US Government Begins Preparing for Shutdown

US Government Begins Preparing for Shutdown

( – For months, Treasury Secretary Janet Yellen warned Congress the deadline to fund the federal government and extend the debt ceiling was growing close. Instead of dealing with this important government issue, House Speaker Nancy Pelosi (D-CA), Senate Majority Leader Chuck Schumer (D-NY), and President Biden pursued their reckless far-left agenda as the top priority. With the clock ticking, there are no assurances Democrats will cross the finish line and avoid a government shutdown.

On Thursday, September 23, the White House Office of Management and Budget (OMB) issued a statement warning federal agencies they need to begin preparing for a shutdown regardless of whether there is one or not. In one week, the government will run out of funds to operate if Congress doesn’t fund operations by the beginning of the new fiscal year that begins on Friday, October 1. Pelosi issued a statement assuring Americans the situation would work out. However, the Speaker can’t guarantee anything in this environment until the ink of the president’s signature is dry.

OMB Issues Standard Procedure

From a practical viewpoint, the OMB issuance is a standard procedure seven days before a potential government shutdown. Every federal agency has a contingency plan that includes how many employees work or receive furloughs, who is essential and who’s not, and who will be required to work without pay until a shutdown ends. The Treasury Department can only begin to repay workers the money it owes them due to a shutdown after receiving funding again.

The White House said there is still plenty of time for Congress to prevent a lapse in appropriations, which is another way of saying Congress authorizes the federal government to pay its bills.

Democrats Might Reign in Previous Measure

On Wednesday, the House passed a resolution that would combine a bipartisan spending plan with an increase to the debt ceiling. The GOP is adamantly against increasing the debt ceiling, arguing Democrats can do it themselves as the majority party in Congress through reconciliation. Republicans say they will not support debt to pay for the Democrat’s push to transform America from a capitalist system to a hybrid socialist one. If Democrats want to pursue their $3.5 trillion go-it-alone partisan package, then they can fund the debt to pay for it.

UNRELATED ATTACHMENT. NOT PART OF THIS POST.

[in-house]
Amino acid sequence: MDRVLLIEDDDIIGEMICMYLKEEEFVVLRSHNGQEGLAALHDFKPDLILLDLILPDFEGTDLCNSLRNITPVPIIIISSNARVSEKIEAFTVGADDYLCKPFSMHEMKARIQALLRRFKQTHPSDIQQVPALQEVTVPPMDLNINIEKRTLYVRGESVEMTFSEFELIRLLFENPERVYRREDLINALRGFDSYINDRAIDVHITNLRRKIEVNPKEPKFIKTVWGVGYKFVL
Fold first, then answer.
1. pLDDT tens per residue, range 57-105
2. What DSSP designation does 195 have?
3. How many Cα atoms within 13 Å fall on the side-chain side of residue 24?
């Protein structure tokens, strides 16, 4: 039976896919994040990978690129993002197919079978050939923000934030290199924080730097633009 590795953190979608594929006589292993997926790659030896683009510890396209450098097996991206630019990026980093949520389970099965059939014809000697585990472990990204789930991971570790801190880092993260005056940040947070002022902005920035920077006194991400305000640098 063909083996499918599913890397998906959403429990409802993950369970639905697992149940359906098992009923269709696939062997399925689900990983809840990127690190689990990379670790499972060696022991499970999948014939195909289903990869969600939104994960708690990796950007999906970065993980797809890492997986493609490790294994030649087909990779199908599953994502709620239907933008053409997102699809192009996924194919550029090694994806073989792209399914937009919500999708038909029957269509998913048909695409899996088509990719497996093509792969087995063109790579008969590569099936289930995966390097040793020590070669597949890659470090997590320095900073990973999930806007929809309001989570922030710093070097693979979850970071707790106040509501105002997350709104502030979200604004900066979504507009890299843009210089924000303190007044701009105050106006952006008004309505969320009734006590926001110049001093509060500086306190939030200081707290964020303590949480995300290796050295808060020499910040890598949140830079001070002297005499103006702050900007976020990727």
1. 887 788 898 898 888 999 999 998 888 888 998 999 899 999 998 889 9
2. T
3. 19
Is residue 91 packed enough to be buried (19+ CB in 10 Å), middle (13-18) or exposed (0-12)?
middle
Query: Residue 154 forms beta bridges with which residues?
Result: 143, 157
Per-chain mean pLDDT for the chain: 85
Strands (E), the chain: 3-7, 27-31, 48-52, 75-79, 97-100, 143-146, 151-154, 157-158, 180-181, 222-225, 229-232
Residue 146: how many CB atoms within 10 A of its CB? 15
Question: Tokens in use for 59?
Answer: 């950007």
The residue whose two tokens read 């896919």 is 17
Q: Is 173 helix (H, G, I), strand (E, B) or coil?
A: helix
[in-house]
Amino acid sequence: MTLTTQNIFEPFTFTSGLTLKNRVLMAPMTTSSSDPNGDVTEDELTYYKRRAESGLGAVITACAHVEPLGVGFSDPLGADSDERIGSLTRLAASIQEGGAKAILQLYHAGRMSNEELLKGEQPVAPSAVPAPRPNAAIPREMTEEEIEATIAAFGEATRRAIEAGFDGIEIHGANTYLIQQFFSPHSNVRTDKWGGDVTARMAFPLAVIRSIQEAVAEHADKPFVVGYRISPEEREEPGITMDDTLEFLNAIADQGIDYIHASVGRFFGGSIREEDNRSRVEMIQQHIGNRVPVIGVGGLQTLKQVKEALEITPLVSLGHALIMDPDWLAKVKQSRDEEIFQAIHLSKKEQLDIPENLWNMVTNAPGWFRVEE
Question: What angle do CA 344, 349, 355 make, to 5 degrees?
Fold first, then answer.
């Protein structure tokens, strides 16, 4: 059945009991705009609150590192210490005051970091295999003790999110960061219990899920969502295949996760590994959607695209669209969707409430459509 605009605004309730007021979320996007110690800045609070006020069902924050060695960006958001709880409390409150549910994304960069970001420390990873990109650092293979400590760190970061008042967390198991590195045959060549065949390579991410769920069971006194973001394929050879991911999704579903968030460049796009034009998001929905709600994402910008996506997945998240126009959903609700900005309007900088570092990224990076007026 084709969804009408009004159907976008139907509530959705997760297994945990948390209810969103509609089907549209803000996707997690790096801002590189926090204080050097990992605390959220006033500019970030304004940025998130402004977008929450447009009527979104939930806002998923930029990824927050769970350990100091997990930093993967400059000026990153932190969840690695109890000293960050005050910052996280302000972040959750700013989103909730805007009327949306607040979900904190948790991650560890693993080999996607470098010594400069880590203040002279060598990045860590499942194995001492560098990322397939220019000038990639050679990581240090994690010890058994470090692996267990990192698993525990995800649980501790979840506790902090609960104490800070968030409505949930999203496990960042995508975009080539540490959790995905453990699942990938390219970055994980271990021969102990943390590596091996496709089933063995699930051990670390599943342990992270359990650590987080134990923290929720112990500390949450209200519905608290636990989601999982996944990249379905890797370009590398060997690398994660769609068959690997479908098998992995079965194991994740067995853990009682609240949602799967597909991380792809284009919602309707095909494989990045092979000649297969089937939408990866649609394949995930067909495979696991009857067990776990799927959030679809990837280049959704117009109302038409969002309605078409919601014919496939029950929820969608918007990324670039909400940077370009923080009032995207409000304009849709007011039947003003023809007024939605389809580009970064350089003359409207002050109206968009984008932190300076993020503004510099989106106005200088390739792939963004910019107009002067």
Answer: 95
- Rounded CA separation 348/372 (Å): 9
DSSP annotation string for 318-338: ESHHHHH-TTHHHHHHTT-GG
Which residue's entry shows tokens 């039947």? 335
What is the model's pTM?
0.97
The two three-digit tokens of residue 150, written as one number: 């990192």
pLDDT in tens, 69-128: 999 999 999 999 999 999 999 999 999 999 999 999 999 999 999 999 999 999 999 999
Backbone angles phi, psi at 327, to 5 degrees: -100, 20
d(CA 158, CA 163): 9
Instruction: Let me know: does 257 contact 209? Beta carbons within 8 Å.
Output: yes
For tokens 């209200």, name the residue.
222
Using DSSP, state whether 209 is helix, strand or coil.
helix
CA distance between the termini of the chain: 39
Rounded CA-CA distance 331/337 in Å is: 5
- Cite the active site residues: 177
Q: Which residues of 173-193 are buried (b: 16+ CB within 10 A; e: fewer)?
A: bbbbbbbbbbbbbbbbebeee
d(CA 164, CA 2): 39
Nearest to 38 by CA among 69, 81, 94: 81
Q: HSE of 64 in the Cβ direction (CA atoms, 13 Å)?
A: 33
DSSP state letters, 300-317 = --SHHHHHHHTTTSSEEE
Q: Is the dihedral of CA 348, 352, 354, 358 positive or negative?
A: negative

Senate Minority Leader Mitch McConnell (R-KY) said passing a spending measure won’t change Republican minds about the debt ceiling. He warned that Democrats shouldn’t attempt to create an unnecessary crisis for political gain. He reiterated that the Democrats who insist on recklessly spending and taxing Americans to pay for their partisan bill would be the owners of raising the debt limit.

On Thursday, Speaker Pelosi hinted that Democrats might be open to decoupling the spending bill from the debt ceiling to pass a continuing resolution (CR) to fund the government. If that happens, it would be a significant win for Republicans. Pelosi acknowledged the spending bill was bipartisan. She said it was when they added the debt ceiling to it, the proposal became contentious.

The Speaker reiterated that the votes would be there from both parties to fund the government. The White House echoed Pelosi’s optimism Congress would avoid a spending stoppage that would halt government operations. However, until it formally does so, the government needs to plan as if it’s not going to happen.

As the last week of September descends on Washington, DC, expect the rhetoric, debate, and Democratic infighting to intensify.

Fasten your seatbelts. We can expect some turbulence for a little while.

Don Purdum, Independent Political Analyst

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